One of the mysteries of the English language finally explained.
A musical composition for a group of solo instruments accompanied by an orchestra. The term is used mainly of baroque works.
- ‘Handel wrote in every contemporary genre, also creating the organ concerto to display his own virtuosity in the intervals of oratorio performances and publishing two fine sets of concerti grossi.’
- ‘‘Ritornello form’ is a term used to describe the first and often the last movements of the Baroque concerto, especially the concerto grosso.’
- ‘Scored for sixteen players, the work offers a Carterian reinterpretation of the form of the concerto grosso.’
- ‘I may have heard the concerti grossi, but maybe not.’
- ‘The final work is one of Handel's masterpieces, his concerto grosso in D major, Op. 6 no 5., a work with solo parts for two violins and cello.’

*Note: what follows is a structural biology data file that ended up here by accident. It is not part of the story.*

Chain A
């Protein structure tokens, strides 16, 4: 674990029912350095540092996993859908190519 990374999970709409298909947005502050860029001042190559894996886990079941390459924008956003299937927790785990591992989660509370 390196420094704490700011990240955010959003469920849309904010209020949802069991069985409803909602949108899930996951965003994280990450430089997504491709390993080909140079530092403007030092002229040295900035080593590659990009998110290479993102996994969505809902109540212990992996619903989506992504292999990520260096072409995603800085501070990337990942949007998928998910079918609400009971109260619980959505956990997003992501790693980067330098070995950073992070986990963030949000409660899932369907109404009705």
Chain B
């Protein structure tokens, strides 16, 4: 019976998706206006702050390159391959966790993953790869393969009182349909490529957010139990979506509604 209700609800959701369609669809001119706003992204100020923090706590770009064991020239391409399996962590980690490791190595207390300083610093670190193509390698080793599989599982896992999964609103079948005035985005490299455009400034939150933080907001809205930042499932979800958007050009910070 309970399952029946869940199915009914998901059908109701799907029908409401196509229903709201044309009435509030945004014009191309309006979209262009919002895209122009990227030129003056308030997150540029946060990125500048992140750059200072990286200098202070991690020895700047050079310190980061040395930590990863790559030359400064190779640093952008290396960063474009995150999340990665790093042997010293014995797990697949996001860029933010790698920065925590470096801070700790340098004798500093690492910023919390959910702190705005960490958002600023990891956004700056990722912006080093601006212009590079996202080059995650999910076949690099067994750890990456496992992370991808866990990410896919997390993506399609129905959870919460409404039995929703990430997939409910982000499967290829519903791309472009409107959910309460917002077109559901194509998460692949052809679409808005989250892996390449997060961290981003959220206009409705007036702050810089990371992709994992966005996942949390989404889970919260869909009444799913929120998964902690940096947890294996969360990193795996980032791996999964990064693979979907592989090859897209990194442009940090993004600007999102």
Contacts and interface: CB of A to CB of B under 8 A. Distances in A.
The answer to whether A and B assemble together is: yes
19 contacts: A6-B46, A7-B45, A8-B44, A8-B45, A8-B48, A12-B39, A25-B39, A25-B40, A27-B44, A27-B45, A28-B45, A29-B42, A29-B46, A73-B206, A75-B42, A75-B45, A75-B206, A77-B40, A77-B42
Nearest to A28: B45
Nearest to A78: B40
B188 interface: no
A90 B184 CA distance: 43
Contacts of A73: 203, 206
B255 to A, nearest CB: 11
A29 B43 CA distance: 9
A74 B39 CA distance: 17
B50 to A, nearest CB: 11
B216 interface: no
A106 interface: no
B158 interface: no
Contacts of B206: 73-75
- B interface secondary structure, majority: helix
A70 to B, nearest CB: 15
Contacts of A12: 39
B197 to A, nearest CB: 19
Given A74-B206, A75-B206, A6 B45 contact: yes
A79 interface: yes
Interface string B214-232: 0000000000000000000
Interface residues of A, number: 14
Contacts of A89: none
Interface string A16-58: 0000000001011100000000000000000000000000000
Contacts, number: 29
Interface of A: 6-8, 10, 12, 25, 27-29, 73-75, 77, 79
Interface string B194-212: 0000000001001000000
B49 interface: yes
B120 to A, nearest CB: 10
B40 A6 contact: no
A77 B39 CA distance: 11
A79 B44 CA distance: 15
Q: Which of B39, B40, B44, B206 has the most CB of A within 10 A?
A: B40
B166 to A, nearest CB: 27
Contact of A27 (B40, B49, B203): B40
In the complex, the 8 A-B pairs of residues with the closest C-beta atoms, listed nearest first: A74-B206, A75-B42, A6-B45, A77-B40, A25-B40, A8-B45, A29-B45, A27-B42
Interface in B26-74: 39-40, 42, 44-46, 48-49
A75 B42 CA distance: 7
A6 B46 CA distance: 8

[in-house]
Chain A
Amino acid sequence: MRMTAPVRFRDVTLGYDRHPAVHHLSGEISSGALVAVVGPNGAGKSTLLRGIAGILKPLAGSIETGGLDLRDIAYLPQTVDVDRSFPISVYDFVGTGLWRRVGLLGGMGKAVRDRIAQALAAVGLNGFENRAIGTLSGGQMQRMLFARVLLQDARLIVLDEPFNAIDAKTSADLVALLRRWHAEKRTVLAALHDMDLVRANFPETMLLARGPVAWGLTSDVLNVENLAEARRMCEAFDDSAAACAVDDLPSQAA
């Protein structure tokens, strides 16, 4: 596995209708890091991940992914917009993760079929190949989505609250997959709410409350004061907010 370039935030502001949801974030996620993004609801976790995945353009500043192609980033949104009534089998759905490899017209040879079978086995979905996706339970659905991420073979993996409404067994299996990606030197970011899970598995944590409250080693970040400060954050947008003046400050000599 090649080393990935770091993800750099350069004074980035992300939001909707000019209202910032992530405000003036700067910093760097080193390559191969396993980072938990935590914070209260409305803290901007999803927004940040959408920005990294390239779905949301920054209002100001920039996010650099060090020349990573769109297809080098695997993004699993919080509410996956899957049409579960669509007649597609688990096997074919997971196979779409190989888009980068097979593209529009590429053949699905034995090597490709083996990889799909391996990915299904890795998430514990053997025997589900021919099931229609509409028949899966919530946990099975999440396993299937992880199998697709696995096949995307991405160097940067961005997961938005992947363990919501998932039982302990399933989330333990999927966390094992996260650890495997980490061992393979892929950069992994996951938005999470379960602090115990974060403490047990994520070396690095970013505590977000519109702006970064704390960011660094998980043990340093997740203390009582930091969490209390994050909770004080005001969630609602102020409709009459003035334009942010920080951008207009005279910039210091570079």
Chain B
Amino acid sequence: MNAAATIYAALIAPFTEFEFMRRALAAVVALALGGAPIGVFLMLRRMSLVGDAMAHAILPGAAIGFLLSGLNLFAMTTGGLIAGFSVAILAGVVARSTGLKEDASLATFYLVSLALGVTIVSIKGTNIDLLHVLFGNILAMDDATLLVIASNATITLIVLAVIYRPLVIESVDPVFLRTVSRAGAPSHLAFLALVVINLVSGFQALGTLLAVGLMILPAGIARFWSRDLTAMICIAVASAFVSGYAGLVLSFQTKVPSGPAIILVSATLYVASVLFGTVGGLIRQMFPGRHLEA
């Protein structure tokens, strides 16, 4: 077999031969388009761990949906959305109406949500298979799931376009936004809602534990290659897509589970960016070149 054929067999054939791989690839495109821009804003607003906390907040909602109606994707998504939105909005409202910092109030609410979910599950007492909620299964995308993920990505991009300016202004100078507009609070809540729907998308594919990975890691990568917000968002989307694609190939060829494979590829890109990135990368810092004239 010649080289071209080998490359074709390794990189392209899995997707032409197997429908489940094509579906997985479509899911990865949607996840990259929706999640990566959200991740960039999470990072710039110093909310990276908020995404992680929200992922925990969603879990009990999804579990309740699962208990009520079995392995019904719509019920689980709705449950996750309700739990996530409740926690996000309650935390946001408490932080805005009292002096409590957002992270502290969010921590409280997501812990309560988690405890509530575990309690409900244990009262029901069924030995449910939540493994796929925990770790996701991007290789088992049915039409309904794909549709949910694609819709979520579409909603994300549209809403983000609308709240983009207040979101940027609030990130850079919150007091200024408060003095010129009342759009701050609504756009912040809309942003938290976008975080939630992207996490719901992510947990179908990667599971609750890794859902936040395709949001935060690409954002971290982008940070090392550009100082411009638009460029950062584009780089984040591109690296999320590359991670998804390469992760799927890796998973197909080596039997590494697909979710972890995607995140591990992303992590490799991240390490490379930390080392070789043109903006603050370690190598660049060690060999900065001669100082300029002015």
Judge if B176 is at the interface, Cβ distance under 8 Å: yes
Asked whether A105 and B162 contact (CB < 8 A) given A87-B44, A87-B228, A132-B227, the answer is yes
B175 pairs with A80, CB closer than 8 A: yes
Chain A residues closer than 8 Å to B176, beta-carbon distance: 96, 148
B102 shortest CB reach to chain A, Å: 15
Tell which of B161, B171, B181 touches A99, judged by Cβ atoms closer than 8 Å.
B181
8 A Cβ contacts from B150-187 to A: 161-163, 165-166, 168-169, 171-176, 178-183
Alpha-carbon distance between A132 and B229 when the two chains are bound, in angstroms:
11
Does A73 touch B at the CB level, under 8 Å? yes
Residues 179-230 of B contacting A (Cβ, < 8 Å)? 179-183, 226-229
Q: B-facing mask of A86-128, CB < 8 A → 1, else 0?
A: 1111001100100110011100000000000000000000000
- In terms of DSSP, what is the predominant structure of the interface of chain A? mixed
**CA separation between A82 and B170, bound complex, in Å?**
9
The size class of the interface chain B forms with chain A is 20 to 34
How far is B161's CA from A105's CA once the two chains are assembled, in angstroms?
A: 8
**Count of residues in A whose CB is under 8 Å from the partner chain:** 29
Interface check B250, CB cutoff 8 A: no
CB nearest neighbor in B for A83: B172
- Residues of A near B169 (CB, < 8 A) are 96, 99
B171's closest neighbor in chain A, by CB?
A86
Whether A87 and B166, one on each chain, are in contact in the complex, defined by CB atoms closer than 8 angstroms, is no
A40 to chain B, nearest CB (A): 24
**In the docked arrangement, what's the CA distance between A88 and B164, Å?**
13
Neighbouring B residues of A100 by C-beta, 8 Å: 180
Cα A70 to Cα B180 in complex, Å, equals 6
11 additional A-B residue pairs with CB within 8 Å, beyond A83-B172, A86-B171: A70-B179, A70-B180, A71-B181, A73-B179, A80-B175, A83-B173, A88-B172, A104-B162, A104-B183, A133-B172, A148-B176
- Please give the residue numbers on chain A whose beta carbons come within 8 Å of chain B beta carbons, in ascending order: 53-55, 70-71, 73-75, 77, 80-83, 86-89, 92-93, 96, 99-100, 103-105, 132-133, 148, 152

- ‘This has the interesting effect of highlighting the concerto grosso aspects of the works, giving us an illuminating idea of the origins of the form.’
- ‘The sinfonia concertante arose in the latter half of the 1700s as the successor to the Baroque concerto grosso.’
- ‘Bridging the Italian concerto grosso style and the sonata form recently developed by Hadyn and J.C. Bach, they do Tyneside proud indeed.’
- ‘Boulez, on the other hand, makes more of the concerto grosso elements in the score.’
- ‘Corelli's famous and affecting concerto grosso Op6 no 8, his ‘Concerto di Natale’ will be included in an attractive programme of music from the late Baroque and early Classical era.’
Early 18th century: Italian, literally ‘big concerto’.
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